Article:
Friday game notes

Yeah, I know. I wish I could have gotten this out sooner — say, before Saturday’s games. But as the saying goes, life is what happens while you’re busy trying to follow pennant races….

@Angels 3, Tigers 2Ernesto Frieri turned aside Detroit’s 9th-inning threat, retiring the side (with 2 Ks) after letting the go-ahead run reach second. Octavio Dotel couldn’t match the bat-missing feats of Frieri, Angels starter Ervin Santana (10 Ks and 1 walk out of 25 batters), or Max Scherzer (8th pitcher ever to notch 8+ Ks in 10 straight starts). Dotel faced 5 batters and whiffed none, allowing two 2-out hits including Alberto Callaspo‘s 2nd career game-winner.

  • An intriguing aspect of Callaspo’s feat: He was pinch-hitting for erstwhile cleanup man Mark Trumbo, who is 1 for 19 in September and hitting .215 since the Break. Trumbo was batting 7th for the first time since early May.
  • Miguel Cabrera and Mike Trout each went 1 for 4, leaving their batting race at .330-.329.
  • Through 20 starts, Scherzer and teammate Justin Verlander were tied with 142 Ks. They’ve played leapfrog in each of their last 8 starts, with first Verlander and then Scherzer taking over the SO lead.
  • Status quo for both teams’ playoff hopes: Detroit remained a game behind the ChiSox, and Anaheim 2.5 behind Oakland.

@Giants 5, Dodgers 2: Marco Scutaro foiled LA’s intentional walk strategy with a 2-run single off Josh Beckett that broke a tie in the 7th, sending the Dodgers to their 3rd straight loss and the Giants to their biggest lead of the season, 5.5 games. LA went 0 for 10 with RISP, and their nos. 2 through 5 hitters — the 3 big acquisitions and the 2 holdover stars — were a combined 0 for 20.

  • Scutaro has an RBI inn 5 of his last 6 games and is hitting .331 with 26 RBI in 39 games for SF.
  • Tim Lincecum worked around a career-high 7 walks in 6.1 IP.
  • Adrian Gonzalez hasn’t homered since his first AB with LA, and the club is 5-8 since that trade.

Astros 5, @Reds 3: The first career HR by Matt Dominguez came last Friday in a blowout loss to Cincinnati. Number two was a different story — a game-changing 3-run shot on a rib-high fastball from Aroldis Chapman, snapping the closer’s streak of 27 straight saves.

  • Chapman allowed 4 hits, a new career high and twice his previous season high. In 13 games (10 IP) against Houston, he’s allowed 9 runs and 23 baserunners.
  • On Hispanic Heritage night in Cincinnati, the homer by Dominguez (California) off Chapman (Cuba) followed a pinch-hit by J.D. Martinez (Florida) and made a first-time winner of Hector Ambriz (CA), with the save by Wilton Lopez (Nicaragua). Houston’s lineup included Jose Altuve (Venezuela), Jimmy Paredes and Fernando Martinez (Dominican Republic), and Jason Castro (?) (out of Castro Valley HS in Castro Valley, CA). The Reds countered with Dioner Navarro and Miguel Cairo (Venezuela), and Wilson Valdez (D.R.)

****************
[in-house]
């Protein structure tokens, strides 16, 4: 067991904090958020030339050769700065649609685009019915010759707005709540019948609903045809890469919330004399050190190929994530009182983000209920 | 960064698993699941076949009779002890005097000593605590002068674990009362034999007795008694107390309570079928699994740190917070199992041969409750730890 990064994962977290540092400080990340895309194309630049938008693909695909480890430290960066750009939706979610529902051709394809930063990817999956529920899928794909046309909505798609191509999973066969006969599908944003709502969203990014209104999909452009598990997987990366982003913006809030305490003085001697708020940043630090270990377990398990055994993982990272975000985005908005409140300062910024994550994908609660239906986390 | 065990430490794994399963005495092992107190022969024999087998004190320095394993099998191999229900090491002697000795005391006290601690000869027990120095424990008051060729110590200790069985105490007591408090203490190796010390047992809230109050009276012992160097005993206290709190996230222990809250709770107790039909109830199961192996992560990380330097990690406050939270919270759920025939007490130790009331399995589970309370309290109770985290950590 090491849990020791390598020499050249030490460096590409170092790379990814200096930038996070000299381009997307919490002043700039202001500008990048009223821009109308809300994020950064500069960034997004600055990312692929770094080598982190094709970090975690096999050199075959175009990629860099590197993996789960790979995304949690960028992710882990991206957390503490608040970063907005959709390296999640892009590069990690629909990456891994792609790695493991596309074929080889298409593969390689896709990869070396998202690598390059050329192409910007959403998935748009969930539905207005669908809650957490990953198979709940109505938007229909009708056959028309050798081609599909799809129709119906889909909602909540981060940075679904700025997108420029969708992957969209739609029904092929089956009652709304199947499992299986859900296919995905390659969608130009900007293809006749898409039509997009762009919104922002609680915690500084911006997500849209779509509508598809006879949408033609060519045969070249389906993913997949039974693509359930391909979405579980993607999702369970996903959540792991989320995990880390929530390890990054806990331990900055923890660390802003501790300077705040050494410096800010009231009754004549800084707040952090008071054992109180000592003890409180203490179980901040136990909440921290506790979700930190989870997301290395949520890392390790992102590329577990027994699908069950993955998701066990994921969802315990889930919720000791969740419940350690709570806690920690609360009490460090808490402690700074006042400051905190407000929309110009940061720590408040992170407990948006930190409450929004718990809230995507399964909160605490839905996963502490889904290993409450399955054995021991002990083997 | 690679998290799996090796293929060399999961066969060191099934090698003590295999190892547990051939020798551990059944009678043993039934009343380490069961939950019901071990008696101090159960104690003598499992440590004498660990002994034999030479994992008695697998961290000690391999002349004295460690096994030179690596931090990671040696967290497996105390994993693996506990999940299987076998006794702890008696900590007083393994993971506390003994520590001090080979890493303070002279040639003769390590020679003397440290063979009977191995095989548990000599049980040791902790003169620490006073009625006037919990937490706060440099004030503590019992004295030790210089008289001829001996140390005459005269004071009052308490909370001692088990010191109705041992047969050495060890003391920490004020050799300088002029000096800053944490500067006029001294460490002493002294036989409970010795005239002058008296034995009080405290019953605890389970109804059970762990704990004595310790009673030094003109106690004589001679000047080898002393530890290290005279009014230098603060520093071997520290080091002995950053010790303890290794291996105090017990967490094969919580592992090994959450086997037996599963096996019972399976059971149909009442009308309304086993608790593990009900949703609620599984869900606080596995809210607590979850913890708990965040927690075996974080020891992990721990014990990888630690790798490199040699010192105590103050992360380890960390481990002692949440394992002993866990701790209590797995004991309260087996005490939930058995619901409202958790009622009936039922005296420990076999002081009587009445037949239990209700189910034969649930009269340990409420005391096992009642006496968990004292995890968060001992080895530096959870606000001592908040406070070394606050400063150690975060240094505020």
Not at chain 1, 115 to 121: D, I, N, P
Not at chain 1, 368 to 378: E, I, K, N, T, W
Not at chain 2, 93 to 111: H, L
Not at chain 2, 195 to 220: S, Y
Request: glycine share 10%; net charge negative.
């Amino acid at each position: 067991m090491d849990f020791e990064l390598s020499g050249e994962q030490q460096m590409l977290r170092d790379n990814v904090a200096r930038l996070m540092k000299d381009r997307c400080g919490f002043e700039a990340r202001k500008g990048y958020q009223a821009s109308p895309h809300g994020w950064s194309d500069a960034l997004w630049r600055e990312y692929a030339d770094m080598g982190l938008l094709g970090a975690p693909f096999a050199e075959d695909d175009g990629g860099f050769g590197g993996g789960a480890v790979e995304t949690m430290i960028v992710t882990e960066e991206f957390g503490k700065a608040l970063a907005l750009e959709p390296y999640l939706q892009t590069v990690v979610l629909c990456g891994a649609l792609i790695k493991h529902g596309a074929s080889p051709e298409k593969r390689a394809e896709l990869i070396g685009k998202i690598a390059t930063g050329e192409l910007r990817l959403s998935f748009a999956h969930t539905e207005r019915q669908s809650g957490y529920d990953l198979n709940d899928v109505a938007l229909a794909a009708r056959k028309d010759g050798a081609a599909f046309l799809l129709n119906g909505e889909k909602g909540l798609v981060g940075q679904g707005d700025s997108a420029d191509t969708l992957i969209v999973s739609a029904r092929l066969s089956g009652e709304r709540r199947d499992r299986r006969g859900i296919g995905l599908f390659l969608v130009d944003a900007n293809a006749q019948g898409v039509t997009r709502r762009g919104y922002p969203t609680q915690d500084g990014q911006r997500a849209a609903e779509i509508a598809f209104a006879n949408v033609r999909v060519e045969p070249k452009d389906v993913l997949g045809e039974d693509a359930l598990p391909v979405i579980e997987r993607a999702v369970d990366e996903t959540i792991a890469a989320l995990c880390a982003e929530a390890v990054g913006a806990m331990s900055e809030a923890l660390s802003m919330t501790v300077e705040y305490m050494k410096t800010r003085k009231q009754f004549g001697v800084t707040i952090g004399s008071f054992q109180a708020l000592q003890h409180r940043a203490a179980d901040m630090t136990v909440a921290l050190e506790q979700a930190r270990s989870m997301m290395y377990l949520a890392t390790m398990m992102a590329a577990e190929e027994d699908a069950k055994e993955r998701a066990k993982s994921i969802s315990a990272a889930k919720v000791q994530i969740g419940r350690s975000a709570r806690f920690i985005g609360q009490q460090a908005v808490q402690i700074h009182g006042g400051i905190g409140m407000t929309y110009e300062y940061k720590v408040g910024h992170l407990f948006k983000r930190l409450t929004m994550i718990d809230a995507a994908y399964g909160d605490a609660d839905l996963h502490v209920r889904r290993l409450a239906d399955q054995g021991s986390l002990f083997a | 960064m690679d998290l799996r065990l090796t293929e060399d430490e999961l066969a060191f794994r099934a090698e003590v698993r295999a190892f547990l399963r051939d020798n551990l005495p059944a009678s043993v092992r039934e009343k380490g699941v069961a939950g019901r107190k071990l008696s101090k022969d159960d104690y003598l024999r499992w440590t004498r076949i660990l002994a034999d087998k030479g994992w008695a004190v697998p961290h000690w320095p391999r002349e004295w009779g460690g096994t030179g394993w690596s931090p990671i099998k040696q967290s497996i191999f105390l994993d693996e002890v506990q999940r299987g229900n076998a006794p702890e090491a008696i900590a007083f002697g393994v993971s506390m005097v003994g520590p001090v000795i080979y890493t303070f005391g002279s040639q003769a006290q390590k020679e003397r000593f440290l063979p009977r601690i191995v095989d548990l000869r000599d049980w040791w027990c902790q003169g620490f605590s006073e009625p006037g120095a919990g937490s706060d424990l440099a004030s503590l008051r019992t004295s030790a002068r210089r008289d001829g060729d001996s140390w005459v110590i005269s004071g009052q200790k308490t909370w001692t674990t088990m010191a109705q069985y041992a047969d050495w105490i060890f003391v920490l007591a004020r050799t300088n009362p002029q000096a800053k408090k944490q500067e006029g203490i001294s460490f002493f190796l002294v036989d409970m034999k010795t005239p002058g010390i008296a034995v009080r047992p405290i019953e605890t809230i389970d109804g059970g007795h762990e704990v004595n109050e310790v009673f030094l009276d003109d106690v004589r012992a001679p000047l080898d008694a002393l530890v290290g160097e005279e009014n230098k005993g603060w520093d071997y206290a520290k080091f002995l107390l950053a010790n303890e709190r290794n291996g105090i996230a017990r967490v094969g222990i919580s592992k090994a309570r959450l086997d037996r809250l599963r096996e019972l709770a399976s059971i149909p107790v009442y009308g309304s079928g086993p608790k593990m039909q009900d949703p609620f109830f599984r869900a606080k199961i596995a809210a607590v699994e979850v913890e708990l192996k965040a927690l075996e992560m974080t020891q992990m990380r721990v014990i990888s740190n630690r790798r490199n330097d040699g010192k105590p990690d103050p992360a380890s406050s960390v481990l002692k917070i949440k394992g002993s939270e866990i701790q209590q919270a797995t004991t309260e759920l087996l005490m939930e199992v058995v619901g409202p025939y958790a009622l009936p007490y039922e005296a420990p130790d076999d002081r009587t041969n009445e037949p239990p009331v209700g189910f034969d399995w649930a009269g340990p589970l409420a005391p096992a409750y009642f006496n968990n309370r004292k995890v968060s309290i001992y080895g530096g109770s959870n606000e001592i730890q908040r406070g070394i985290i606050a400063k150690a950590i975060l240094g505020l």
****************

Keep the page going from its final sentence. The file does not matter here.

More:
• The Astros won a 2nd game on a road trip for the first time since June 14th. Their previous trips went 1-5, 1-2, 1-5, 1-9, 0-7.

Marlins 9, Nationals 7 (10): A dramatic finish in the capital. Washington’s late rally — 3 runs off the $18 million mop-up man Carlos Zambrano, and Mike Morse‘s tying HR off rookie A.J. Ramos — forced extras and got Stephen Strasburg off the hook for a rare clunker (5 ER in 3 IP). Miami forged ahead with 3 in the 10th off Tyler Clippard, but the Nats answered with 3 quick hits off Marlins closer Steve Cishek (including this double-deflection shot by Morse) to put the tying run on 2nd. But Cishek got the final say, putting down Danny EspinosaRoger Bernadina and Jayson Werth on swinging strikeouts. It was the first time Cishek ever had 3 Ks in a 1-inning stint.

  • Throwing Home, for Fun and Profit,” by Bryce Harper.
  • Like many sophomore novels, Harper’s follow-up was not a critical smash. The ill-advised dive (he wasn’t close to the catch) cost his team the 2 decisive runs, assuming no change in subsequent events.
  • Strasburg’s 2 Ks in 3 IP were a career low, and left him 3 shy of both 200 Ks and of the IP needed to qualify for the ERA title. The club announced Saturday that the phenom’s season is over.
  • Zach Duke made his 2012 debut with 4 innings of 1-run ball for the Nats. He was 15-5, 3.51 at AAA Syracuse.
  • Adam LaRoche‘s HR streak ended at 4 games, but he started the last-ditch uprising with a leadoff double off Cishek.
  • Jose Reyes had his first 2-triple game for Miami and tied for the MLB lead with 11. Reyes has 10+ triples in 7 of the last 8 years; since WWII, only one player has more such years.
  • In two meetings with Strasburg this year, Giancarlo Stanton is 4 for 5 with 3 doubles and this HR.
  • Is it my imagination, or did the fan in the middle deliberately miss this easy catch? At the 0:47 mark, the ball clangs off his closed glove.

Athletics 6, @Mariners 1: Oakland got back on the winning track behind unbeaten rookie A.J. Griffin (5-0, 2.21 in 10 starts) and a flurry of 11 hits off Felix Hernandez, who lost his 2nd straight start. George Kottaras broke a tie with this 3-run shot in the 4th, giving him 11 RBI in his last 4 games. Oakland has the AL’s 3rd-best record and has a 1.5-game lead over Tampa in the WC chase.